The affinity of the novel IgA binding protein is markedly influenced by the number of repetitive binding domains that are expressed in the molecule. To those skilled in the art of genetic engineering, it is possible to combine coding regions for the IgA binding activity in repetitive sequence to increase the effective avidity of the IgA binding protein. This procedure has been shown for streptococcal protein G to be capable of increasing the affinity of this IgG binding protein from 10- to 60-fold.

EXAMPLE 8 Hybrid Proteins

The full length FcRA molecule, or fragments thereof, can be combined with other proteins to produce hybrid proteins having advantageous properties. This is most efficiently accomplished by ligating DNA coding for the relevant portions of the FcRA molecule to DNA coding for the desired portions of other proteins. For example, a hybrid protein can be prepared which has the ability to bind both IgA and IgG. The gene coding for the hybrid protein can be prepared by, for example, ligating the DNA coding for FcRA (or an IgA binding fragment thereof) to DNA coding for an IgG binding domain of protein G or protein A. The IgG binding domains of protein G and protein A are known to those skilled in the art and can be found in the literature. The gene encoding the novel hybrid protein can then be transformed into an appropriate host which expresses the recombinant protein.

A recombinant protein having the capability to bind both IgA and IgG has a number of uses. For example, if it is desired to detect IgM in a serum sample, it is advantageous to remove from that sample other classes of immunoglobulins, i.e., IgA and IgG, before assaying for IgM. The novel hybrid protein of the subject invention can be used to remove both IgG and IgA in a single step.

EXAMPLE 9 Insertion of a Cysteine Residue into FcRA

As can be seen from SEQ ID NO.2, the amino acid sequence of FcRA does not comprise any cysteine residues. The DNA sequence coding for FcRA can be modified by, for example, site directed mutagenesis to insert one or more cysteine residues in a portion of the molecule which will not adversely affect the IgA binding activity of the protein. Most advantageously, only one such cysteine would be inserted. The addition of the cysteine residue facilitates the coupling of the protein to inert supports or other entities. These other entities can include proteins, for example, enzymes or streptavidin. Activated thiol sepharose 4B (Pharmacia Fine Chemicals) is an example of a gel that reacts with reduced sulfhydryl groups to form stable, covalent disulfide bonds. The addition of the cysteine can be accomplished by a variety of means known to those skilled in the art. See, for example, EP 0284368. The exact location of the inserted cysteine within the amino acid sequence can be selected by a person skilled in the art. Advantageously, the cysteine residue will be located outside of the IgA binding regions of the molecule. These binding regions are described in Example 6. The pKa of the sulfhydryl group of a C- or N-terminal cysteine residue is higher than that of an internal cysteine residue, consequently the terminal group is less reactive. Therefore, if the cysteine residue is placed at either end of the FcRA molecule, an additional residue, such as glycine, can also be added to the terminal.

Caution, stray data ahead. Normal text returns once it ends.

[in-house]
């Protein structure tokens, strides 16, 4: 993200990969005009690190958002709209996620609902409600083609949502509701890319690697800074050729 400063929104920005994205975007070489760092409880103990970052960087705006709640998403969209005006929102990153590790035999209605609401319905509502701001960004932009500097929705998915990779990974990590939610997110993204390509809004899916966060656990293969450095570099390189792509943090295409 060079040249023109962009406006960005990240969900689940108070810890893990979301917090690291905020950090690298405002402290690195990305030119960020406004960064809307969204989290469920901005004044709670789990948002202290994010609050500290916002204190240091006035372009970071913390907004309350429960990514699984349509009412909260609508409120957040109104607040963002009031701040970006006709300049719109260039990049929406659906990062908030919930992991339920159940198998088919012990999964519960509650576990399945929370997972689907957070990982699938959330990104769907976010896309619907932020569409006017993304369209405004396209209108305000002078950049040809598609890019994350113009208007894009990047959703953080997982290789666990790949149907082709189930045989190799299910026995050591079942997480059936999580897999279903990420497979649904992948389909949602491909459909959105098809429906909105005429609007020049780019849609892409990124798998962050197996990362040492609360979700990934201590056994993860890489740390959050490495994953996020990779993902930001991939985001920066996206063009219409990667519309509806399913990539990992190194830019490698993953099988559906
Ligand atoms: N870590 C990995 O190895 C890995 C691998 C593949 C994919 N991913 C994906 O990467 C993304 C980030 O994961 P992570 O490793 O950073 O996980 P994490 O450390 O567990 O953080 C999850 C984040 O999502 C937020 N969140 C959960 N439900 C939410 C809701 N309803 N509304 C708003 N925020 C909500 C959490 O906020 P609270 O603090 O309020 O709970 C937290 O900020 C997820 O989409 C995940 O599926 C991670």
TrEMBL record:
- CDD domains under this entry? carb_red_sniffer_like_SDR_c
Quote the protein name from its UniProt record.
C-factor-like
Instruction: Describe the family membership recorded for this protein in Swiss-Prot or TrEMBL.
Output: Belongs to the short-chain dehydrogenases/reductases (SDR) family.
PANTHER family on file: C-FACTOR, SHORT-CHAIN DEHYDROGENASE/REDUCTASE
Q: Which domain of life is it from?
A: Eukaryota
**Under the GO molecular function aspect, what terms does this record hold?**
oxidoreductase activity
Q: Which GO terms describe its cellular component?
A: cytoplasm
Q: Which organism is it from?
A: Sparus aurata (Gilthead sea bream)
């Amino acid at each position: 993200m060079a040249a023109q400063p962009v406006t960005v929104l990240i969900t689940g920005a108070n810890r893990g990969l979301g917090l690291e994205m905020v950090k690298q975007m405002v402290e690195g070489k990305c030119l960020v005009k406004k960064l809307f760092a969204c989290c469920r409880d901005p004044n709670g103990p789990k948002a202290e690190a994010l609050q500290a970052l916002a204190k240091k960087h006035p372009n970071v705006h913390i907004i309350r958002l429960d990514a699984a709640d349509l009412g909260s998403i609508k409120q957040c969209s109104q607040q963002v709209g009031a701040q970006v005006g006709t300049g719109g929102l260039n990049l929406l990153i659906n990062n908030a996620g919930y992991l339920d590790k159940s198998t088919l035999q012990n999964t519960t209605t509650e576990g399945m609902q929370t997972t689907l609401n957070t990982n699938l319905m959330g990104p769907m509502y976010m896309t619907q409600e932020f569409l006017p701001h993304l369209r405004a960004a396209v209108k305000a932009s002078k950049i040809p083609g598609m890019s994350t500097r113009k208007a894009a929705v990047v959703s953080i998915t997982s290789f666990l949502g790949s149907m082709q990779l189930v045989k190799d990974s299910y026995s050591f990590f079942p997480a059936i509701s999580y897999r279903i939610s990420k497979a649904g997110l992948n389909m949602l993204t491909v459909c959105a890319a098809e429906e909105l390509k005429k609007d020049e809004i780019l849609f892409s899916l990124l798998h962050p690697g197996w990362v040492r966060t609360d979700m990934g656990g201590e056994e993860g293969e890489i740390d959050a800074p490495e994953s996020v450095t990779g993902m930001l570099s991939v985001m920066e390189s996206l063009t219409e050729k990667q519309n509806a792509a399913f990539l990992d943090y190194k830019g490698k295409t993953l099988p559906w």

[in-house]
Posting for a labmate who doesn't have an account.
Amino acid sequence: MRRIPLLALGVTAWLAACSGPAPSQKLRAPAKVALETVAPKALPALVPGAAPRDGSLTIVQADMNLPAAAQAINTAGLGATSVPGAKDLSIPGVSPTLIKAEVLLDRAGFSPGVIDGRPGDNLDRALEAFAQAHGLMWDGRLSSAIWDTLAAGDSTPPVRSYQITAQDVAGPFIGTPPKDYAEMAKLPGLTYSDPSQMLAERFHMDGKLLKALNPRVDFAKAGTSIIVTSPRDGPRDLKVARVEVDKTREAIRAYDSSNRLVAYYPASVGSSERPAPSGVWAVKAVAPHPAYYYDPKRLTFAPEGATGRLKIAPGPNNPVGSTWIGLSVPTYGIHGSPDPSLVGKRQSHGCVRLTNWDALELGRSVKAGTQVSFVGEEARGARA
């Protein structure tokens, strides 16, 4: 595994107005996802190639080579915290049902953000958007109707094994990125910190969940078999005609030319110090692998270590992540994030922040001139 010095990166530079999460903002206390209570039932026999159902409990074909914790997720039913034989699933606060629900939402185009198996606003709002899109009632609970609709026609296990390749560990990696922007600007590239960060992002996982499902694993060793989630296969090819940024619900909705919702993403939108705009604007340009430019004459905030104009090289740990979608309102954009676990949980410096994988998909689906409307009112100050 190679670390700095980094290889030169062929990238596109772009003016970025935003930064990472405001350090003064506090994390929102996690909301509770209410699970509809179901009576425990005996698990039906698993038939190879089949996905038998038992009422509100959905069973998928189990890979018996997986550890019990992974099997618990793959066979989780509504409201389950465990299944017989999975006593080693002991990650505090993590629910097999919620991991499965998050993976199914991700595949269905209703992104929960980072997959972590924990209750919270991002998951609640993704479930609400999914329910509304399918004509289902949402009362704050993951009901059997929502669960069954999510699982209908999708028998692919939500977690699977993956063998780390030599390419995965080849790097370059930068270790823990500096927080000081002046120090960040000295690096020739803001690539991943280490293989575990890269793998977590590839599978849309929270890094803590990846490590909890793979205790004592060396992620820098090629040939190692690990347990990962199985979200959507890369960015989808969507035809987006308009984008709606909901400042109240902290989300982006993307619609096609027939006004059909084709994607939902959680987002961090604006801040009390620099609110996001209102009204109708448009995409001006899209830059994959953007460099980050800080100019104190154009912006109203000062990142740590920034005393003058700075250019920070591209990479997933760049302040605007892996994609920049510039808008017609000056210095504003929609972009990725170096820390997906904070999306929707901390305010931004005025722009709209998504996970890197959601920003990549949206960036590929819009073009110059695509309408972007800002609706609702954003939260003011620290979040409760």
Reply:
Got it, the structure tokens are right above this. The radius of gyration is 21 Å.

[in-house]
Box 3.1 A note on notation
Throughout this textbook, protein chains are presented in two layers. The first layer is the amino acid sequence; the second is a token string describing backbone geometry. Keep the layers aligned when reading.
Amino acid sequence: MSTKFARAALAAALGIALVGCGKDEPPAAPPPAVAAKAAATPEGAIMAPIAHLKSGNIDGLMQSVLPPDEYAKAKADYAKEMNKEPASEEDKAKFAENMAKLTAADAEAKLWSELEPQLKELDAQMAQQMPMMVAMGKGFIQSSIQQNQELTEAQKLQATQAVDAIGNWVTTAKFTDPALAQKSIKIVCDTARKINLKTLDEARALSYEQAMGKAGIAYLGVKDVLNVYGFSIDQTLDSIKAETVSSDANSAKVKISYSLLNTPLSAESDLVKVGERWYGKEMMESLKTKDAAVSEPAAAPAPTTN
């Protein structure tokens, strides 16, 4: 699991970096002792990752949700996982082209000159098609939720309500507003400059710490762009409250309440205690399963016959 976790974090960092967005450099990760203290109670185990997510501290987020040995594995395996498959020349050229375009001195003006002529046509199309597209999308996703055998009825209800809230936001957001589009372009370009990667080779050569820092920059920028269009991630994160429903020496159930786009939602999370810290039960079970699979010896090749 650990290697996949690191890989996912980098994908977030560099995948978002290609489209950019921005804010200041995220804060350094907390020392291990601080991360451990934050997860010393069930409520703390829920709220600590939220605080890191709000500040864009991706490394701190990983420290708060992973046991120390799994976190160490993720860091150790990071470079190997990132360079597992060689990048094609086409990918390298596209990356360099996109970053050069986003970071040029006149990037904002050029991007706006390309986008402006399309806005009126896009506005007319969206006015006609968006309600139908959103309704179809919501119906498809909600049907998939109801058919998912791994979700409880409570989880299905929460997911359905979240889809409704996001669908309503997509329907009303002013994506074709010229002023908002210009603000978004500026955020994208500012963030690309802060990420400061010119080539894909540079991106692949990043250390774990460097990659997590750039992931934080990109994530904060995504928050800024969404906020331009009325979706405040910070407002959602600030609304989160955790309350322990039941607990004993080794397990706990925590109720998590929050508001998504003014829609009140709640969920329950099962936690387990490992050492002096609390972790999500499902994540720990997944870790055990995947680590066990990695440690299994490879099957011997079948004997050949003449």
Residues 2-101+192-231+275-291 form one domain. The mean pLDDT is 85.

EXAMPLE 10 Other Modifications of FcRA

By site directed mutagenesis, it is possible to insert regions of tyrosine residues to facilitate the more effective radiolabeling of the protein by conventional methods. The ability to also insert polylysine tails on the molecule by genetic engineering approaches would also have some benefit for certain modification procedures. The nucleotide sequence encoding FcRA and modification thereof can also be prepared by a "gene machine" by procedures well known in the art. This is possible because of the disclosure of the nucleotide sequence.

The amino acid sequence of FcRA and modifications thereof can be chemically synthesized by solid phase peptide synthetic techniques such as BOC and FMOC (Merrifield, R. B. [1963] J. Amer. Chem. Soc. 85:2149; Chang, C. and J. Meinhoffer [1978] Int. J. Peptide Protein Res. 11:246).

It should be understood that the examples and embodiments described herein are for illustrative purposes only and that various modifications or changes in light thereof will be suggested to persons skilled in the art and are to be included within the spirit and purview of this application and the scope of the appended claims.